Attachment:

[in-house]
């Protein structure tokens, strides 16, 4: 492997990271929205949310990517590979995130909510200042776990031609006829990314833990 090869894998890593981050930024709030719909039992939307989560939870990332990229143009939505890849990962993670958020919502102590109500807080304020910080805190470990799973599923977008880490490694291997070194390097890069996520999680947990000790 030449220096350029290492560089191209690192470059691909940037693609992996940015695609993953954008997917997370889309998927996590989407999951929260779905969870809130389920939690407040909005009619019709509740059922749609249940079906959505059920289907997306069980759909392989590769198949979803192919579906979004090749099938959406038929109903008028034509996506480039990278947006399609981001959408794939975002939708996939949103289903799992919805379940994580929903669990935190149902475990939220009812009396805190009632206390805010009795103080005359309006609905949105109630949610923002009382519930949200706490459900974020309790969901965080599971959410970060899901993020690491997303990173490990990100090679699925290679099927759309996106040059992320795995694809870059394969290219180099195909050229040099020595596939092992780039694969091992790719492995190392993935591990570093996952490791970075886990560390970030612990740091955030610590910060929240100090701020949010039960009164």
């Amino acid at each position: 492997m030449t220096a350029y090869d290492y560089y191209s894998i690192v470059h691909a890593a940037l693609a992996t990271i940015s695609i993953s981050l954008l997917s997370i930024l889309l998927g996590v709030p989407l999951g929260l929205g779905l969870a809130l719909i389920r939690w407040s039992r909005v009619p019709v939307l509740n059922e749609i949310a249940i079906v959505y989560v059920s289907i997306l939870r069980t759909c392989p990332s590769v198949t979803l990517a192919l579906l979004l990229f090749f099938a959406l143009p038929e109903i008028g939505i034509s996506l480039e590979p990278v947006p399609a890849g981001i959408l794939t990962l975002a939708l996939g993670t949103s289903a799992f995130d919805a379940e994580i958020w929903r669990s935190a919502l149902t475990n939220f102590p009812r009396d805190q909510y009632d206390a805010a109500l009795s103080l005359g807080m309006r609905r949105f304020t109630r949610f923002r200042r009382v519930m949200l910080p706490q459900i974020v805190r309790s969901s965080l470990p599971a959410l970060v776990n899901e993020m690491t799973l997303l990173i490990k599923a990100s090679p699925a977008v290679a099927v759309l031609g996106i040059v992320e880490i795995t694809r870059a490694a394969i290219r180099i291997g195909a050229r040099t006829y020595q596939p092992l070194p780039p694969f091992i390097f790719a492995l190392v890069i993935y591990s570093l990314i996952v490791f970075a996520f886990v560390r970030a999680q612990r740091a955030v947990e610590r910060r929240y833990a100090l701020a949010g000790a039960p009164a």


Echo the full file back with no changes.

[in-house]
């Protein structure tokens, strides 16, 4: 492997990271929205949310990517590979995130909510200042776990031609006829990314833990 090869894998890593981050930024709030719909039992939307989560939870990332990229143009939505890849990962993670958020919502102590109500807080304020910080805190470990799973599923977008880490490694291997070194390097890069996520999680947990000790 030449220096350029290492560089191209690192470059691909940037693609992996940015695609993953954008997917997370889309998927996590989407999951929260779905969870809130389920939690407040909005009619019709509740059922749609249940079906959505059920289907997306069980759909392989590769198949979803192919579906979004090749099938959406038929109903008028034509996506480039990278947006399609981001959408794939975002939708996939949103289903799992919805379940994580929903669990935190149902475990939220009812009396805190009632206390805010009795103080005359309006609905949105109630949610923002009382519930949200706490459900974020309790969901965080599971959410970060899901993020690491997303990173490990990100090679699925290679099927759309996106040059992320795995694809870059394969290219180099195909050229040099020595596939092992780039694969091992790719492995190392993935591990570093996952490791970075886990560390970030612990740091955030610590910060929240100090701020949010039960009164």
């Amino acid at each position: 492997m030449t220096a350029y090869d290492y560089y191209s894998i690192v470059h691909a890593a940037l693609a992996t990271i940015s695609i993953s981050l954008l997917s997370i930024l889309l998927g996590v709030p989407l999951g929260l929205g779905l969870a809130l719909i389920r939690w407040s039992r909005v009619p019709v939307l509740n059922e749609i949310a249940i079906v959505y989560v059920s289907i997306l939870r069980t759909c392989p990332s590769v198949t979803l990517a192919l579906l979004l990229f090749f099938a959406l143009p038929e109903i008028g939505i034509s996506l480039e590979p990278v947006p399609a890849g981001i959408l794939t990962l975002a939708l996939g993670t949103s289903a799992f995130d919805a379940e994580i958020w929903r669990s935190a919502l149902t475990n939220f102590p009812r009396d805190q909510y009632d206390a805010a109500l009795s103080l005359g807080m309006r609905r949105f304020t109630r949610f923002r200042r009382v519930m949200l910080p706490q459900i974020v805190r309790s969901s965080l470990p599971a959410l970060v776990n899901e993020m690491t799973l997303l990173i490990k599923a990100s090679p699925a977008v290679a099927v759309l031609g996106i040059v992320e880490i795995t694809r870059a490694a394969i290219r180099i291997g195909a050229r040099t006829y020595q596939p092992l070194p780039p694969f091992i390097f790719a492995l190392v890069i993935y591990s570093l990314i996952v490791f970075a996520f886990v560390r970030a999680q612990r740091a955030v947990e610590r910060r929240y833990a100090l701020a949010g000790a039960p009164a």